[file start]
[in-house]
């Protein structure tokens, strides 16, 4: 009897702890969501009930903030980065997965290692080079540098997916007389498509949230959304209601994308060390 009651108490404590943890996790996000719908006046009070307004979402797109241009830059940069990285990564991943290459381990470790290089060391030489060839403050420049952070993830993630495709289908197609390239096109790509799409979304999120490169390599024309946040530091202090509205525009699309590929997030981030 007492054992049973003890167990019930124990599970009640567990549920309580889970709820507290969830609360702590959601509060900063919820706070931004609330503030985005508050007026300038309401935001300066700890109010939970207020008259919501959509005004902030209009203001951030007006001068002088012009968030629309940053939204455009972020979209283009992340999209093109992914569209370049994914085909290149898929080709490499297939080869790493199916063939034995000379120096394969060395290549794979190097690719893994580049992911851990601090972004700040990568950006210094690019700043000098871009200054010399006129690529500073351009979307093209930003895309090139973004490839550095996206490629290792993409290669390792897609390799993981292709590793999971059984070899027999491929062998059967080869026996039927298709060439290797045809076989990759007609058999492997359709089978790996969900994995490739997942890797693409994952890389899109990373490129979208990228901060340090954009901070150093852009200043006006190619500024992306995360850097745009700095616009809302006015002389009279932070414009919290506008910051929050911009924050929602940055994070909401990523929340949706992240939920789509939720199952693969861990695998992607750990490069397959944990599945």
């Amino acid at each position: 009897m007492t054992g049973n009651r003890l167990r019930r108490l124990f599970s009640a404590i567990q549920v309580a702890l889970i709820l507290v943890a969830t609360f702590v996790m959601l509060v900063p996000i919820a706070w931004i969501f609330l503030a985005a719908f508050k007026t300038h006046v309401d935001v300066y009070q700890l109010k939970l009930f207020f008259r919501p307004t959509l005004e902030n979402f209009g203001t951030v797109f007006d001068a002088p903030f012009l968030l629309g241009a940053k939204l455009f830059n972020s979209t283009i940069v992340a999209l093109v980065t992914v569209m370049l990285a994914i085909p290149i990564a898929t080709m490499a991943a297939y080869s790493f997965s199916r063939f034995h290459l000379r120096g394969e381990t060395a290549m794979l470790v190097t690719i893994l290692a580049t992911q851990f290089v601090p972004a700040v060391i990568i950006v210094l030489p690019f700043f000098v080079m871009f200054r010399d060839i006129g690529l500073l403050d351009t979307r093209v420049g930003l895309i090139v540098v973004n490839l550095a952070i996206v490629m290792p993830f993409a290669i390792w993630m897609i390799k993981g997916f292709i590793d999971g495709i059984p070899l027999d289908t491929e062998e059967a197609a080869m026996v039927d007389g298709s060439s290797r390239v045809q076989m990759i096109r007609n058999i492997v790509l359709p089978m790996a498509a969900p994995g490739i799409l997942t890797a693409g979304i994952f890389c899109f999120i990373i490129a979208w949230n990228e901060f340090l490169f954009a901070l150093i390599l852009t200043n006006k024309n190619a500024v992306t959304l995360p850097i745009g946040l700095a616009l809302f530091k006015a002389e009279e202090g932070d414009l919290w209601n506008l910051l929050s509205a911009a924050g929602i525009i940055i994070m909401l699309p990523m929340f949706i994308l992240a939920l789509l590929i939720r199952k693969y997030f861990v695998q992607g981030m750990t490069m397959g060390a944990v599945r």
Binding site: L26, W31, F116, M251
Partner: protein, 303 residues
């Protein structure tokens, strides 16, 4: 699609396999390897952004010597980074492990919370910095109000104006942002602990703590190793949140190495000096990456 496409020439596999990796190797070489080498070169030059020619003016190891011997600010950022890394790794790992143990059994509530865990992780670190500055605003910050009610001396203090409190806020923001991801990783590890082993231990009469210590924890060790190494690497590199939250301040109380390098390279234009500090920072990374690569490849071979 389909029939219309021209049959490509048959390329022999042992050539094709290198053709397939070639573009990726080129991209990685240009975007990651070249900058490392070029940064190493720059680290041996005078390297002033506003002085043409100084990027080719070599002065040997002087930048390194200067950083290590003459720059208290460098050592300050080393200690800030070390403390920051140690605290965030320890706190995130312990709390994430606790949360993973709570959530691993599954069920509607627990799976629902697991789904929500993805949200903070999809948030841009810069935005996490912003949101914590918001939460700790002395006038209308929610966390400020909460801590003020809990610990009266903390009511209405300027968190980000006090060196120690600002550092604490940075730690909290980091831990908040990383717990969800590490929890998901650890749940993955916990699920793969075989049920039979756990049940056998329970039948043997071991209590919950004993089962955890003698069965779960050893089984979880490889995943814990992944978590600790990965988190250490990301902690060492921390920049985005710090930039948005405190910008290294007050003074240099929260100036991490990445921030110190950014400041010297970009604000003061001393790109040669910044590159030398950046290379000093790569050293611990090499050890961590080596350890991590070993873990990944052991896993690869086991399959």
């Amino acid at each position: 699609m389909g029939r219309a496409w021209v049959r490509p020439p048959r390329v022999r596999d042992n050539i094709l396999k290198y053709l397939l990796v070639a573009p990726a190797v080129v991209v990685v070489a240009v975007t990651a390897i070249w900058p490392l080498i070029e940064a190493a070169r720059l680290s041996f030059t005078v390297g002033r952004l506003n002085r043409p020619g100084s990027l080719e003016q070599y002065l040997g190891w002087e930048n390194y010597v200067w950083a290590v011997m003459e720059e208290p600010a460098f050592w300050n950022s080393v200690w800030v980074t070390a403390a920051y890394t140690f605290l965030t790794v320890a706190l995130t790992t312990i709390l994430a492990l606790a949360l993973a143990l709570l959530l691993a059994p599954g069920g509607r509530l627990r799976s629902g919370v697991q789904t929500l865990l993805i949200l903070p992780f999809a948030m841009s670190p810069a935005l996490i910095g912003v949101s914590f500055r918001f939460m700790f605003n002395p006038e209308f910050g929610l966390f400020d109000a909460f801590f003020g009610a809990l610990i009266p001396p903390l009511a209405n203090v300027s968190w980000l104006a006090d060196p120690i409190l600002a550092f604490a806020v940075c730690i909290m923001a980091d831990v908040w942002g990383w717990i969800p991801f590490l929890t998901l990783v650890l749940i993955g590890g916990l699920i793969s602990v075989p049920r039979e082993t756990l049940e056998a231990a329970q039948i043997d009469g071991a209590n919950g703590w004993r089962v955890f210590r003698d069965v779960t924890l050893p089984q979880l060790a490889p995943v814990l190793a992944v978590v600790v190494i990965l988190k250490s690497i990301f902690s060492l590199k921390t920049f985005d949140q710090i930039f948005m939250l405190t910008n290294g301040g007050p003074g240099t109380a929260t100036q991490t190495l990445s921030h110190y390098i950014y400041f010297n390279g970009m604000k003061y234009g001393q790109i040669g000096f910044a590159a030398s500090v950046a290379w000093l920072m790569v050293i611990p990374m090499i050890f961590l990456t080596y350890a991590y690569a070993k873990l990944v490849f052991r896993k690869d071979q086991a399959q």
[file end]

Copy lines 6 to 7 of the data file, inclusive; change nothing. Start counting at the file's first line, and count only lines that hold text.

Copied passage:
């Protein structure tokens, strides 16, 4: 699609396999390897952004010597980074492990919370910095109000104006942002602990703590190793949140190495000096990456 496409020439596999990796190797070489080498070169030059020619003016190891011997600010950022890394790794790992143990059994509530865990992780670190500055605003910050009610001396203090409190806020923001991801990783590890082993231990009469210590924890060790190494690497590199939250301040109380390098390279234009500090920072990374690569490849071979 389909029939219309021209049959490509048959390329022999042992050539094709290198053709397939070639573009990726080129991209990685240009975007990651070249900058490392070029940064190493720059680290041996005078390297002033506003002085043409100084990027080719070599002065040997002087930048390194200067950083290590003459720059208290460098050592300050080393200690800030070390403390920051140690605290965030320890706190995130312990709390994430606790949360993973709570959530691993599954069920509607627990799976629902697991789904929500993805949200903070999809948030841009810069935005996490912003949101914590918001939460700790002395006038209308929610966390400020909460801590003020809990610990009266903390009511209405300027968190980000006090060196120690600002550092604490940075730690909290980091831990908040990383717990969800590490929890998901650890749940993955916990699920793969075989049920039979756990049940056998329970039948043997071991209590919950004993089962955890003698069965779960050893089984979880490889995943814990992944978590600790990965988190250490990301902690060492921390920049985005710090930039948005405190910008290294007050003074240099929260100036991490990445921030110190950014400041010297970009604000003061001393790109040669910044590159030398950046290379000093790569050293611990090499050890961590080596350890991590070993873990990944052991896993690869086991399959």
């Amino acid at each position: 699609m389909g029939r219309a496409w021209v049959r490509p020439p048959r390329v022999r596999d042992n050539i094709l396999k290198y053709l397939l990796v070639a573009p990726a190797v080129v991209v990685v070489a240009v975007t990651a390897i070249w900058p490392l080498i070029e940064a190493a070169r720059l680290s041996f030059t005078v390297g002033r952004l506003n002085r043409p020619g100084s990027l080719e003016q070599y002065l040997g190891w002087e930048n390194y010597v200067w950083a290590v011997m003459e720059e208290p600010a460098f050592w300050n950022s080393v200690w800030v980074t070390a403390a920051y890394t140690f605290l965030t790794v320890a706190l995130t790992t312990i709390l994430a492990l606790a949360l993973a143990l709570l959530l691993a059994p599954g069920g509607r509530l627990r799976s629902g919370v697991q789904t929500l865990l993805i949200l903070p992780f999809a948030m841009s670190p810069a935005l996490i910095g912003v949101s914590f500055r918001f939460m700790f605003n002395p006038e209308f910050g929610l966390f400020d109000a909460f801590f003020g009610a809990l610990i009266p001396p903390l009511a209405n203090v300027s968190w980000l104006a006090d060196p120690i409190l600002a550092f604490a806020v940075c730690i909290m923001a980091d831990v908040w942002g990383w717990i969800p991801f590490l929890t998901l990783v650890l749940i993955g590890g916990l699920i793969s602990v075989p049920r039979e082993t756990l049940e056998a231990a329970q039948i043997d009469g071991a209590n919950g703590w004993r089962v955890f210590r003698d069965v779960t924890l050893p089984q979880l060790a490889p995943v814990l190793a992944v978590v600790v190494i990965l988190k250490s690497i990301f902690s060492l590199k921390t920049f985005d949140q710090i930039f948005m939250l405190t910008n290294g301040g007050p003074g240099t109380a929260t100036q991490t190495l990445s921030h110190y390098i950014y400041f010297n390279g970009m604000k003061y234009g001393q790109i040669g000096f910044a590159a030398s500090v950046a290379w000093l920072m790569v050293i611990p990374m090499i050890f961590l990456t080596y350890a991590y690569a070993k873990l990944v490849f052991r896993k690869d071979q086991a399959q």